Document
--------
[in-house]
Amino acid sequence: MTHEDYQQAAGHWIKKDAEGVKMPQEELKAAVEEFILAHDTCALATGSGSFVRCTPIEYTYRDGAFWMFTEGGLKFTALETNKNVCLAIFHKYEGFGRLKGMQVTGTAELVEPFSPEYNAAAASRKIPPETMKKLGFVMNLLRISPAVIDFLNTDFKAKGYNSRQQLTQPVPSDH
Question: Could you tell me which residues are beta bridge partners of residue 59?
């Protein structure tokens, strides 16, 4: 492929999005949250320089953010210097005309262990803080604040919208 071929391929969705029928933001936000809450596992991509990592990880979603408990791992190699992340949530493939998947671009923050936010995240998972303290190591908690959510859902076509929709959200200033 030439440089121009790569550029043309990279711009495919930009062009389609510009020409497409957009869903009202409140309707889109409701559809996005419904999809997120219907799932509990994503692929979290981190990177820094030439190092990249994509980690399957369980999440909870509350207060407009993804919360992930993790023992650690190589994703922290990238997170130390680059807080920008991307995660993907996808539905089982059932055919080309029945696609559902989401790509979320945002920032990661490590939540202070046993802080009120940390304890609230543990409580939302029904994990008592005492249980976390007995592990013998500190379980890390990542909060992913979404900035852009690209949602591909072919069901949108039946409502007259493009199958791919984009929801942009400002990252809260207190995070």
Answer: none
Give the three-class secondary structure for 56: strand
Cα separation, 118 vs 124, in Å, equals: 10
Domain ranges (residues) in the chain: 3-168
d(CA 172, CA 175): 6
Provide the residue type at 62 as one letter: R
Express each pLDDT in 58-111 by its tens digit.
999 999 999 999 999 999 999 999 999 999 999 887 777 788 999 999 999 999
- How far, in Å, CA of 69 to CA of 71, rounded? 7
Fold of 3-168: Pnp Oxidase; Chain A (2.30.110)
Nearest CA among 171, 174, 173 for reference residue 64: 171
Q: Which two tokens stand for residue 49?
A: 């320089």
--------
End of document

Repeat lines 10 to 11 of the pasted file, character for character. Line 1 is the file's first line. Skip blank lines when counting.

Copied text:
Provide the residue type at 62 as one letter: R
Express each pLDDT in 58-111 by its tens digit.